Percent of punts netting 40+ yards by punt distance
55+ yards net over 40 yards nearly 9 out of 10 times, nearly 50% more than a 40 yard kick. Outkicking the coverage isn’t a valid enough fear to push for any decision other than kicking it long, except possibly in a late game situation where the small but increased risk of a touchdown on the return becomes more highly leveraged.
The Spread Punt
One of the few questionable decisions the Hoke era has produced has been the refusal to move to the spread punt. While I don’t have data on which teams have converted to the spread punt when, but if you trend punting data over the last 10 years, its clear that something is happening.
Average return yards per punt by season, excluding touchbacks
Over the last ten years, the average return yards per punt has decreased by 42%.
Percent of punts returned 10+ yards (Blue) and TDs (Yellow)
Just like above, the move towards lower return yards corresponds with a lower rate of long returns. The real indication of change comes next.
Gross (Blue) and Net (Yellow) punting (including touchbacks)
This generally otherwise uneventful chart shows that over the last ten years both gross and net punting have improved nearly every season. Not only has net punting improved, but it has improved at a rate faster (10.3% cumulative) than that of the gross punting (5.6%), which is the exact opposite effect you would expect based on the fundamental connection between punt distance and punt return yardage. This indicates that over the last 10 years there has been a shift in the basic nature of both the punt and the punt return. Correlation and causation and all that, but this is a pretty clear indicator that the widespread adoption of the spread punt formation has been a huge win for the punting teams.
If we make the weak but directional assumption that 2003 = Traditional Punt and 2012 = Spread Punt, the formation is worth about 3.5 yards per net punt and a 50% reduction in punt return touchdowns. Otherwise of note is that the block rate has dropped along a similar slope from 2.6% in 2003 to 1.0% in 2012. So net punting up, gross punting up, punt returns down, punt returns touchdowns down and punt blocks are down. Whatever has happened between 2003 and 2012 let’s hope Michigan is on board.
Ok, here's a few wallpapers for the offseason (as if you don't already have a bevy to choose from). Hope you like them!
NEW! Stadium Wallpaper - 16:9 Desktop
Hoke Points (Artsy) 16:9 Desktop
Hoke Points (Victors Stripe) 16:9 Desktop
Devin Spotlight (Cut-out) 16:9 Desktop
As per usual, I'm lazy and don't have mobile versions done yet. I WILL WORK ON THAT. In the meantime, enjoy. BTW, Artsy Hoke is on my desktop right now.
This summer I'm going to the Pantanal region of Brazil with a small group of Michigan alums and current students to teach orchestral music at an orphanage. We're trying to raise money for various pieces of the project, including instruments, maintenance, accessories (stands, bows, etc), living costs for the teachers, and others. Our fundraising site has a lot more info on the project and is at the link here: http://www.indiegogo.
The Nazaré Orphanage in rural Brazil is home to sixty boys whose lives have been scarred by domestic violence, abuse, and neglect. Orphanage founder Father Joaquim Tébar secured a donation of numerous violins, violas, and cellos to teach the children music. Tragically, he died before he could turn his idea into reality. We began this project to carry on his vision to bring music to lives that have known little else but adversity and hardship.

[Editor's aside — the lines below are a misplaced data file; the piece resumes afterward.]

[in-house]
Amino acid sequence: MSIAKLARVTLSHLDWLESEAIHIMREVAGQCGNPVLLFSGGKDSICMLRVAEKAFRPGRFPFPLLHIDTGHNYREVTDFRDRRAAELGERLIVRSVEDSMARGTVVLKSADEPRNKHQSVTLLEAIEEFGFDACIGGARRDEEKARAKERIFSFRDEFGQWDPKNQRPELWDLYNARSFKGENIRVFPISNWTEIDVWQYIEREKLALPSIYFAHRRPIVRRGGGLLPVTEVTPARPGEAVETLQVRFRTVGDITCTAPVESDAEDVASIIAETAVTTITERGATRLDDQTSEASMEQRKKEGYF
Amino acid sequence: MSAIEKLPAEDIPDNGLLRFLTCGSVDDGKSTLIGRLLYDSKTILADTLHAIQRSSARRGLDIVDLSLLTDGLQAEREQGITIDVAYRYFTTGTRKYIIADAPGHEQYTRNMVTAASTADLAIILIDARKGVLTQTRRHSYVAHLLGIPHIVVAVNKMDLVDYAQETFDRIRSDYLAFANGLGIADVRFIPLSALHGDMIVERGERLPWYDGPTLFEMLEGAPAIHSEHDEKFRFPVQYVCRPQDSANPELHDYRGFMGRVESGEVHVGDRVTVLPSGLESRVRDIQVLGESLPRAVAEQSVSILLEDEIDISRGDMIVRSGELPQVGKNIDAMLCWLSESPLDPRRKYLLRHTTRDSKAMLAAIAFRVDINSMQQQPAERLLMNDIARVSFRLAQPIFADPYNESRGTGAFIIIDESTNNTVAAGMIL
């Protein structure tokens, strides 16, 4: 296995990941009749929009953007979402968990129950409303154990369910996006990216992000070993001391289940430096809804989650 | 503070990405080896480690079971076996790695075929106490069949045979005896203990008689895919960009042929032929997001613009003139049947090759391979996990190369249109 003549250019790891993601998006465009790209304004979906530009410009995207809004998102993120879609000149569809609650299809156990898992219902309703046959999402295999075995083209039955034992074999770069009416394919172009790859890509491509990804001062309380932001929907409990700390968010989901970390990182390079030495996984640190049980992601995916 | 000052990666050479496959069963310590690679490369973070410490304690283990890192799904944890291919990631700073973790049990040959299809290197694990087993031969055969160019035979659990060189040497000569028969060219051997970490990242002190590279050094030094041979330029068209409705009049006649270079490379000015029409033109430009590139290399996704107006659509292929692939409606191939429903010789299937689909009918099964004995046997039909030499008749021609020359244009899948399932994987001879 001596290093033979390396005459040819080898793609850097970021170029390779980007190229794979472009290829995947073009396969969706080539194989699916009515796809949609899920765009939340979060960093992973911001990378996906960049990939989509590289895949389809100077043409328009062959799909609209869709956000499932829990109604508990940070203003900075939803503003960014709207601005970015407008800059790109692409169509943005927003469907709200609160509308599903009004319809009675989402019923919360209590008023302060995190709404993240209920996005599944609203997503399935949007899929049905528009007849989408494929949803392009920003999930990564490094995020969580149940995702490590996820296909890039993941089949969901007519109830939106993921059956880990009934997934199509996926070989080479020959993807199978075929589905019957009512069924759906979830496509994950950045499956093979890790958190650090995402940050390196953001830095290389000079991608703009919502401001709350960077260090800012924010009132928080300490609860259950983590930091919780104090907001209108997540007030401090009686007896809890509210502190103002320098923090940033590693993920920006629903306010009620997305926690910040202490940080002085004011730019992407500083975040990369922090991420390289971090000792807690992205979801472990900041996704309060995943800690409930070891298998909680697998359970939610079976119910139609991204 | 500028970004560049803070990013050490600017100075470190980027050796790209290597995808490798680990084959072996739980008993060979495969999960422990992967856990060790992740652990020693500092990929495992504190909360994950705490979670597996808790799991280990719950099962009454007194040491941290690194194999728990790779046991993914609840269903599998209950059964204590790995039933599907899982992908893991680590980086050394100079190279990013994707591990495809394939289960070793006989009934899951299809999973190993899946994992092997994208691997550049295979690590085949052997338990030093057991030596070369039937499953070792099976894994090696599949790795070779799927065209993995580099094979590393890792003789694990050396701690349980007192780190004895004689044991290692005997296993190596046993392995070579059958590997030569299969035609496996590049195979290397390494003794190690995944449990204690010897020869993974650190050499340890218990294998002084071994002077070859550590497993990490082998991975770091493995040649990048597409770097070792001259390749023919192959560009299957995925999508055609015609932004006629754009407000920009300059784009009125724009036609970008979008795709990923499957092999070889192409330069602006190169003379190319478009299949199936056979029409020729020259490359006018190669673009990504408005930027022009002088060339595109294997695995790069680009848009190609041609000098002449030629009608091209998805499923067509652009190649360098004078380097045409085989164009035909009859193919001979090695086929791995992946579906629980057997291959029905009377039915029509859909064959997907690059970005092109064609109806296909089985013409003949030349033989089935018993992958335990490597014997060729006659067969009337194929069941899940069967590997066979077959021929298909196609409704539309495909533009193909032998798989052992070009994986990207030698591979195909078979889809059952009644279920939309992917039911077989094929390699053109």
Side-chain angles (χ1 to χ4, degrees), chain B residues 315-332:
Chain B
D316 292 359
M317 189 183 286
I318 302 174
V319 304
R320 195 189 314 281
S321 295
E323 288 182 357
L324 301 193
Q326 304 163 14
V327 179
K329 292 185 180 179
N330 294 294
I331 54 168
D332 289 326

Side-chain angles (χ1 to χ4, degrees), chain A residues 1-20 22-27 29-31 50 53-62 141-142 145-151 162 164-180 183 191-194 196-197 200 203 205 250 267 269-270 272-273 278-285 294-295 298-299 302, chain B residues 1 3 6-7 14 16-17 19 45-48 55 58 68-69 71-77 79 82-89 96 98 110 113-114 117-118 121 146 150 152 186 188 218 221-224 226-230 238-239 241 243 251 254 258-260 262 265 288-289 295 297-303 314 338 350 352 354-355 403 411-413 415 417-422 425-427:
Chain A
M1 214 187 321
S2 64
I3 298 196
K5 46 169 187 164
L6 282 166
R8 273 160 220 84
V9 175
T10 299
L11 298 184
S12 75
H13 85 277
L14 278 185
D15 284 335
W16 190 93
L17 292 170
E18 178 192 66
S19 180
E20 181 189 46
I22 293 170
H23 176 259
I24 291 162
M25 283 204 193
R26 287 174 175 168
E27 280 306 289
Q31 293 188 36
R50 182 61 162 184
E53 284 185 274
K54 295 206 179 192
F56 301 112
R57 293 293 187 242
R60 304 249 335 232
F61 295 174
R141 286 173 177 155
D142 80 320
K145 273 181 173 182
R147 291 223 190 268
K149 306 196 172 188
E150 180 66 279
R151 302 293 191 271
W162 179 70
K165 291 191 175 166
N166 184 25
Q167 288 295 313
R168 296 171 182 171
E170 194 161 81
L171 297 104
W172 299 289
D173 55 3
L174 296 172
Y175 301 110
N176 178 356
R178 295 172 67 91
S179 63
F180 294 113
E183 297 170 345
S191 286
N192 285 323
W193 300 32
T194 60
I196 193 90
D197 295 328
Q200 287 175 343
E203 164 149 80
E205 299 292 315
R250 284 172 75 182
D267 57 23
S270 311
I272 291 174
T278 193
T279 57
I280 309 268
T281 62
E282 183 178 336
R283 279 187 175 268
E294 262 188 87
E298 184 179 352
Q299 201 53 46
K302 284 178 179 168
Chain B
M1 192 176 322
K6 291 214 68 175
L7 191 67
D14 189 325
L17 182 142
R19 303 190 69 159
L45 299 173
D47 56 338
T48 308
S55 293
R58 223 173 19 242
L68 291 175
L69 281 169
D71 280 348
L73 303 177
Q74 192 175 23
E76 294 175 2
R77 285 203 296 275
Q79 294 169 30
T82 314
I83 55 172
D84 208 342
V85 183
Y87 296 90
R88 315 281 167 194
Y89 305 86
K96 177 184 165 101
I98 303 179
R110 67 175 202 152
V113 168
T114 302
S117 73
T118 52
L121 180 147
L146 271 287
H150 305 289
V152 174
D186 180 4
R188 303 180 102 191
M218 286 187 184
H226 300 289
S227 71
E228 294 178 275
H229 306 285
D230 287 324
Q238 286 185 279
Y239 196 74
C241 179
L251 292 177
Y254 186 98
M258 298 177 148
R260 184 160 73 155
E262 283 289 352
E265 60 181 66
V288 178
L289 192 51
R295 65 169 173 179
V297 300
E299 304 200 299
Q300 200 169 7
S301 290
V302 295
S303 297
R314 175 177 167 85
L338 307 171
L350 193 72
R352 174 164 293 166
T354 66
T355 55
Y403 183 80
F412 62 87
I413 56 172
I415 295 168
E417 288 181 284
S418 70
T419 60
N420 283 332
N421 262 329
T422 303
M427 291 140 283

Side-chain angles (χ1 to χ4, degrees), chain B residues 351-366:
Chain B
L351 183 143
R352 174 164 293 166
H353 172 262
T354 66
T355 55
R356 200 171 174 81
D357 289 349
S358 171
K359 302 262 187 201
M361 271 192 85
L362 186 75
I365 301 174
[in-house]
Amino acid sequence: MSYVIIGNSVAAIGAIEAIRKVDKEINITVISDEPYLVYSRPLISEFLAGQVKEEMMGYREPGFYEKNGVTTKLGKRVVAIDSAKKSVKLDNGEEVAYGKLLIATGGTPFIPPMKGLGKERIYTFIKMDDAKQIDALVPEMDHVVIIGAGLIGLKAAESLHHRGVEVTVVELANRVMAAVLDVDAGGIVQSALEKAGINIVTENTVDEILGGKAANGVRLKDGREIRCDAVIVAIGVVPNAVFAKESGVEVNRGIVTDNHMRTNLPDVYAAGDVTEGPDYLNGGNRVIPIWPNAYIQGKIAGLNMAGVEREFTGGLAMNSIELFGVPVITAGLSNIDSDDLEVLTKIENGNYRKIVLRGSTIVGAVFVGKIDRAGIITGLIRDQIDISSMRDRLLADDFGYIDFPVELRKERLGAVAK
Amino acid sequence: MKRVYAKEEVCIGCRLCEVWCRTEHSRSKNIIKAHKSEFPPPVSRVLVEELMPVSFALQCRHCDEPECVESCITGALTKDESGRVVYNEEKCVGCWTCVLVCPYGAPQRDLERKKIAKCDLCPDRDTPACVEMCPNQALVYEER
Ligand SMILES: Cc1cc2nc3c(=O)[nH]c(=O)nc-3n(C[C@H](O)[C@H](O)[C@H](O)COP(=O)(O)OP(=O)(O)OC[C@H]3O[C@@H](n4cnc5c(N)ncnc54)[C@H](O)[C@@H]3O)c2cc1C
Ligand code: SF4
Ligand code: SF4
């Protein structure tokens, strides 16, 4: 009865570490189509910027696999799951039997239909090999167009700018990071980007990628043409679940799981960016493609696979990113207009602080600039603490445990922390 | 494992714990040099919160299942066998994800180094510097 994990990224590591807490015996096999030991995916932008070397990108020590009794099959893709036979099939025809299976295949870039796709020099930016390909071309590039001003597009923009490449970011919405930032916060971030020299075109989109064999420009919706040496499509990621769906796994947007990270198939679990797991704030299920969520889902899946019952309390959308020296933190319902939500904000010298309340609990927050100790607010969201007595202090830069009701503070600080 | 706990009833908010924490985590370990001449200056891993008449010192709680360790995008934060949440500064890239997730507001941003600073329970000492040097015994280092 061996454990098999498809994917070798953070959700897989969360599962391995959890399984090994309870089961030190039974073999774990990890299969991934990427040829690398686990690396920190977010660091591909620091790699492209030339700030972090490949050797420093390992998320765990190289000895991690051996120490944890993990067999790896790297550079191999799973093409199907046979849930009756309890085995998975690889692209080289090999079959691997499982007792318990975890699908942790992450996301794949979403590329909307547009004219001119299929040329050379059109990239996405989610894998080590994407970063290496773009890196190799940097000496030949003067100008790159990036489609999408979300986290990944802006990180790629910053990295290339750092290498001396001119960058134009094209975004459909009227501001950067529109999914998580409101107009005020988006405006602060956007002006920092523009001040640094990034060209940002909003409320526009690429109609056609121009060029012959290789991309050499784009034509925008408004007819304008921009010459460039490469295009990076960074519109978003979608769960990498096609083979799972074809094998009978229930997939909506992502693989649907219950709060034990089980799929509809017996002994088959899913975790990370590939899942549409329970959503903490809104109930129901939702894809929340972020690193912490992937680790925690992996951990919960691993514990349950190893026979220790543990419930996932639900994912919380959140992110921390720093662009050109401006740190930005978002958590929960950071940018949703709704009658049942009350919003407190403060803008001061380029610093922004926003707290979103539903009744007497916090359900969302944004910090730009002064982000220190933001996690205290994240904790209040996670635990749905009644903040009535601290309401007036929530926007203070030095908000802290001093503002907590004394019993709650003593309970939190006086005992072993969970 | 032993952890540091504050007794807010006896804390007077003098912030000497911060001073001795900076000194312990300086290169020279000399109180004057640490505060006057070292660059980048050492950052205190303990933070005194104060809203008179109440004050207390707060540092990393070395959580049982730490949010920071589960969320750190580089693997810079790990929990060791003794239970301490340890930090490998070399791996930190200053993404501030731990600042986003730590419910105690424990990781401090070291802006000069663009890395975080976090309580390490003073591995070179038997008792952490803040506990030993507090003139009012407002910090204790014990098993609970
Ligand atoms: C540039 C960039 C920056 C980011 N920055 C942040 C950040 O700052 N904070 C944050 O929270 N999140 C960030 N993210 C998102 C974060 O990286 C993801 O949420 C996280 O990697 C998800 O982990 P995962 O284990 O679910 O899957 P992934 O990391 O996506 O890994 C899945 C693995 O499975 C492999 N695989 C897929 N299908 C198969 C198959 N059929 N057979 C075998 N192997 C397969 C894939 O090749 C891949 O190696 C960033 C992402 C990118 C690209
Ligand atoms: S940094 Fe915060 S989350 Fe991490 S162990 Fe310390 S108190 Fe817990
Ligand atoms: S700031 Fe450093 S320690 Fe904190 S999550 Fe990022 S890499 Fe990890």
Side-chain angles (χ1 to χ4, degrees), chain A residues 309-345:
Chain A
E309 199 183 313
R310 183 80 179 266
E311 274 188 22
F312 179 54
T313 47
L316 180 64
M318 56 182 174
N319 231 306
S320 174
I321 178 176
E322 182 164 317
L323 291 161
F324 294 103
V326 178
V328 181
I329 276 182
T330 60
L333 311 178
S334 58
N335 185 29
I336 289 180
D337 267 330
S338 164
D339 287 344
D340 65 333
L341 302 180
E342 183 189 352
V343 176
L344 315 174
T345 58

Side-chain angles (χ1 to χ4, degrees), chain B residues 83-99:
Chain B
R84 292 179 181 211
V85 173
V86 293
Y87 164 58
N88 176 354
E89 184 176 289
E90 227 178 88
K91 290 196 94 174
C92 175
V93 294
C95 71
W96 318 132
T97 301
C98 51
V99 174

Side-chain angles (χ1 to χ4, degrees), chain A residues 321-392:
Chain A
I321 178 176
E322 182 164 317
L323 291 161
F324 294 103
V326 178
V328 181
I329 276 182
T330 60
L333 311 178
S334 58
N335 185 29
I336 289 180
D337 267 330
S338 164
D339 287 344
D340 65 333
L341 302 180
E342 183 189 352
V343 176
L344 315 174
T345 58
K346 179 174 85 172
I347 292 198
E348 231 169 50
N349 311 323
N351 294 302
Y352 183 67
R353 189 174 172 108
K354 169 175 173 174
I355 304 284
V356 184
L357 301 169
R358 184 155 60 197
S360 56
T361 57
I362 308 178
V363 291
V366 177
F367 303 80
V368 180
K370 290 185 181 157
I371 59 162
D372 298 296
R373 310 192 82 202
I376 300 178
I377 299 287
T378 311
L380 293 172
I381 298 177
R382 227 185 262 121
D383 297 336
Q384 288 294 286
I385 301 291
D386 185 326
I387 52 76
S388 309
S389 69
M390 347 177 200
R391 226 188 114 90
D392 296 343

While working to set up workshops with the kids at Nazaré on public health, CPR, English, and sustainable technologies last summer, the director revealed a room full of stringed instruments that were collecting dust. We immediately decided to start putting them to use, and did our best to give some basic string lessons. The excitement and energy this brought out of the kids was immediately apparent, and we couldn’t help but want to see it continue. This summer we plan to expand the program into a full string orchestra through daily rehearsals over a two month period.
The Pantanal Music Exchange (PME) aims to cultivate creativity in the lives of these boys. We want the project to grow out of the excitement of the kids, so much of the music we teach will be pop and traditional songs that the kids know and want to learn, a model we had great success with last summer. Local support and involvement is crucial, and we are working with musicians and community members in Poconé so that the program can continue and grow even while we're not there. We're currently organizing partnerships with other youth orchestra programs in both Brazil and America.
We have built a team of dedicated individuals to lead PME, including regional experts, local Brazilian musicians, energetic college students, and recent graduates. All of us have been playing, writing, and teaching music for over a decade. Those who didn’t grow up speaking Portuguese have worked hard to learn it over the past year. We are also a relatively young group, which should help the kids relate to us and see us as role models.
I think MGoBlog users will be interested in the project for a couple of reasons. It helps rep UM in an area that doesn't get a lot of attention and exposure, it's just generally good for the world (which MGoBloggers are usually in favor of), and this video (warning: small cute children playing the Victors sort of poorly):
Please let me know if you have any questions. I’d love if you would be able to donate or even just pass on to your networks. I’m at firstname.lastname@example.org.